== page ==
October 12, 2015
October 12, 2015
The new standard, DVB-S2X, has extended its operation range down to signal to noise ratio of -10dB. The standard defines a range of robust modulation and coding schemes, within a frame compatible with DVB-S2 and DVB-S2X frames. A very robust header enables acquisition and synchronization in the very low SNR operation conditions as well as in a burst mode. Operation at this low SNR range makes it possible to use low-cost terminals, both in terms of antenna size and equipment and opens a new range of applications and markets, such as mobile broadband.
We describe the implementation and operation of the VL-SNR waveform by SatixFy’s SX-3000 ASIC. The generic design of the ASIC is based on embedded general purpose and digital signal processors supported by hardware accelerators along the data path makes it possible to implement the DVB-S2X VL-SNR waveform as well as proprietary and programmable waveforms, with even higher robustness.
Many applications, such as sensor networks, remote infrastructure monitoring, emergency services etc. require ubiquitous coverage, while requiring low data rates. Satellites can provide an excellent solution for their communication needs. One of the key requirements of such systems is the ability to operate in very low signal to noise ratio (SNR) conditions. This ability is required not only from the point of view of cost, namely antenna size, power consumption and components costs but also from
the point of view of link reliability and availability. In the recently published DVB-S2X standard, a new protocol was introduced for operation in a very low SNR (VL-SNR), enabling operation in SNR as low as -10dB. A Higher level of symbol spreading, and compression makes it possible to operate in even lower SNR’s if needed.
Consider Shannon’s famous formula for capacity in an additive white Gaussian noise channel:
In the low SNR region, the capacity is power limited and is not dependent on the allocated bandwidth. It is also known from coding theory that sophisticated codes are not efficient in that region. Simple repetition codes, which are in effect equivalent to bandwidth reduction, are the most efficient.
The modulation and coding (modcod) scheme defined by the standard frames in DVB-S2 and DVB-S2X, support operation as low as -2.5 dB. The VL-SNR mode of the DVB-S2X standard bridges the gap within the power limited region, of SNRs as low as -9.9 dB. we describe the standard VL-SNR mode and the way it is implemented within SatixFy’s SX-3000 ASIC. some protocol modifications that are compatible with the standard are presented as well, yet enable operation in even lower SNR, down to -30 dB, as we call it Extremely Low SNR (EL-SNR).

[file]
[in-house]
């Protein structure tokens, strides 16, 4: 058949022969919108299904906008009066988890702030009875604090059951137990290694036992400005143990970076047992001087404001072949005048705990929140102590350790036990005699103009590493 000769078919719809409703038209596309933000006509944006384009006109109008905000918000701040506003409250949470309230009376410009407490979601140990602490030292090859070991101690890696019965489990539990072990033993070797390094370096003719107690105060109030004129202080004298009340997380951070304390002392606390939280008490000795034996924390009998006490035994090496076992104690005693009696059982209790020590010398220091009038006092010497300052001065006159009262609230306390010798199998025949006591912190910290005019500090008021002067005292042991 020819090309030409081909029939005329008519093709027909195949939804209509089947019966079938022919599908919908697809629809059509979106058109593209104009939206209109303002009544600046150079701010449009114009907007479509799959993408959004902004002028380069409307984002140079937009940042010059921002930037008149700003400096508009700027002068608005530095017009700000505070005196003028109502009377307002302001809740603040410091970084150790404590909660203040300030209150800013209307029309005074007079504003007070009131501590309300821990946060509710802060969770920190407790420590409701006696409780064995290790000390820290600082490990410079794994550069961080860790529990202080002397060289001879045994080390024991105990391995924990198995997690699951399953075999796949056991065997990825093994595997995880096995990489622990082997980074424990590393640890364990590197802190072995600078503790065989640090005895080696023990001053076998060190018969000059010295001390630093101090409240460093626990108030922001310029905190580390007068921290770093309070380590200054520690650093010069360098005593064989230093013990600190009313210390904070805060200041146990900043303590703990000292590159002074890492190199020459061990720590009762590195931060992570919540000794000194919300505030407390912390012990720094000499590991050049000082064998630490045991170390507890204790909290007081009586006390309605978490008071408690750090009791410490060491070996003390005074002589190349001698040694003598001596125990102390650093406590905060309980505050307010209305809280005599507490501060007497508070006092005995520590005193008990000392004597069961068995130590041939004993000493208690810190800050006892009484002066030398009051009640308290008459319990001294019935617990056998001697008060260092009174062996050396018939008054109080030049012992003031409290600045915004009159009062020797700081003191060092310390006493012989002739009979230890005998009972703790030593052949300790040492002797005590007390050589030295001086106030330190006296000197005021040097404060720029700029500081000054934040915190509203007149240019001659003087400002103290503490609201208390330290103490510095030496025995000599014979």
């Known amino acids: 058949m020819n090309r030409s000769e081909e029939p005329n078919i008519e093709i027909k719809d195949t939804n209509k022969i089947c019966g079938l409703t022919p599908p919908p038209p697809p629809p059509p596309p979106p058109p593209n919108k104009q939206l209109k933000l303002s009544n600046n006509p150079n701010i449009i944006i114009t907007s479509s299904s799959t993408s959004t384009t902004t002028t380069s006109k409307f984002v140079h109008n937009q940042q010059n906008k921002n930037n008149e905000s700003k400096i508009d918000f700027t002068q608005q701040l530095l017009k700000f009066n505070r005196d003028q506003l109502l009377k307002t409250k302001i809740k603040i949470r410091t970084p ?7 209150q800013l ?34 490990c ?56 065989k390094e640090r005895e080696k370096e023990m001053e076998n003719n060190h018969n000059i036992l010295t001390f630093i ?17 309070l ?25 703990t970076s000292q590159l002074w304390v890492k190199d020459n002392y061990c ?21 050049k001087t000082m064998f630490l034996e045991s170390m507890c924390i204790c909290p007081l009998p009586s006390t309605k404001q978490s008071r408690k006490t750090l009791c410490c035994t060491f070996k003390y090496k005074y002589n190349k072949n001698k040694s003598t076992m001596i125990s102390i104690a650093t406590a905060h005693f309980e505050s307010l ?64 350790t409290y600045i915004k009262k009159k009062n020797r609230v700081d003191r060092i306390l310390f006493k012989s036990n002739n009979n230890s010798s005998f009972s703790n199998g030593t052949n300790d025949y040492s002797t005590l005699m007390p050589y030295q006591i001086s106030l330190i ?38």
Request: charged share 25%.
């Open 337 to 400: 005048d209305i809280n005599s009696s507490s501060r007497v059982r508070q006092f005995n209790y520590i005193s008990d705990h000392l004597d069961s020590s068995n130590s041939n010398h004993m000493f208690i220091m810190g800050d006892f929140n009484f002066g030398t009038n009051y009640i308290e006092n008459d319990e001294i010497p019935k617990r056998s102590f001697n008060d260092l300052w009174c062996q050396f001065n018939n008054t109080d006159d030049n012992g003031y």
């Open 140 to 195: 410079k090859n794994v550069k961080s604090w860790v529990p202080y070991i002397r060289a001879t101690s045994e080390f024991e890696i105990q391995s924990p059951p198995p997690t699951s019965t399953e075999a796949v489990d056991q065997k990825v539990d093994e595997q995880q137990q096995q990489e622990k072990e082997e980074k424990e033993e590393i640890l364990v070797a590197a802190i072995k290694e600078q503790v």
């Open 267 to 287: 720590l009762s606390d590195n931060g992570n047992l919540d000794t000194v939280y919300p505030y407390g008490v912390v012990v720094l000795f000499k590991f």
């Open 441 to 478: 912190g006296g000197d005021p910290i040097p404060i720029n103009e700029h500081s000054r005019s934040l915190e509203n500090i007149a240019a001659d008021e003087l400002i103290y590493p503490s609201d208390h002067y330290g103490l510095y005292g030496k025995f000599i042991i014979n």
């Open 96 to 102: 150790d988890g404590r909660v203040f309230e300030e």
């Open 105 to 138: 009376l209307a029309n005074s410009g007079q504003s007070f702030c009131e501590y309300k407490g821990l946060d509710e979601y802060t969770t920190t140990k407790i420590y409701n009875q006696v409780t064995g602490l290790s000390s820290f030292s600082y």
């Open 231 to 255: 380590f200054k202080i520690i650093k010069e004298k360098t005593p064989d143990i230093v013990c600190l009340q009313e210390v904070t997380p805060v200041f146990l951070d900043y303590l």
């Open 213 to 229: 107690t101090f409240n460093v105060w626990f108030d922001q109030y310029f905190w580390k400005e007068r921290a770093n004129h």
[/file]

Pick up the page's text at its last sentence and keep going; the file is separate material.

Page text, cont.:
The VL-SNR protocol was introduced to the DVB-S2X standard due to the requirement to extend the operating range of the protocol down to -10dB SNR. One of the requirements for the operation mode was that VL-SNR frames can be seamlessly interlaced within a stream of other DVB-S2/ DVB-S2X frames. In such a way receivers that enjoy higher SNR can decode the S2/S2X frames and skip the VL-SNR frames. Terminals for which the SNR is not sufficient for receiving the standard frames should be able to detect and synchronize to a VL-SNR frame within a stream of non-VL-SNR frames. Reception can be considered as done in a burst mode.
This post is not intended to explain the VL-SNR mode in detail. Details can be found in DVB-S2/ DVB-S2X standards including use cases and design considerations. However, we will point out some of the additional features introduced
However, we will point out some of the additional features introduced into it.
Nine MODCODs were defined for VL-SNR. 6 of which for a frame of 33282 symbols, and the other three for a frame of length 16686 symbols. These lengths are the same as those for QPSK and 16APSK normal frames of DVB-S2, and thus can replace them within a stream.
The π/2-BPSK modulation was added for the data symbols for 6 of the 9 defined MODCODs. This modulation is also used for the pilot and header of the standard frames. 2 other MODCODs were defined using π/2-BPSK with a spreading factor of 2. Namely, the information bits are repeated, and each bit actually modulates two consecutive symbols for extra robustness.
To further increase robustness new LDPC codes for rates as low as 1/5 were introduced. Another frame type – medium frame – for which the number of the LDPC output bits is 32400 (in addition to the normal frame of 64800 LDPC bits and the short frame of 16200 bits) was introduced as well. However, in order to fit the total number of symbols to the fixed frame size, shortening and puncturing are included so the effective LDPC coding rates are somewhat higher. If we include the BCH encoder and the bit spreading as a type of repetition code, the effective coding rate ranges between 0.081 to 0.35.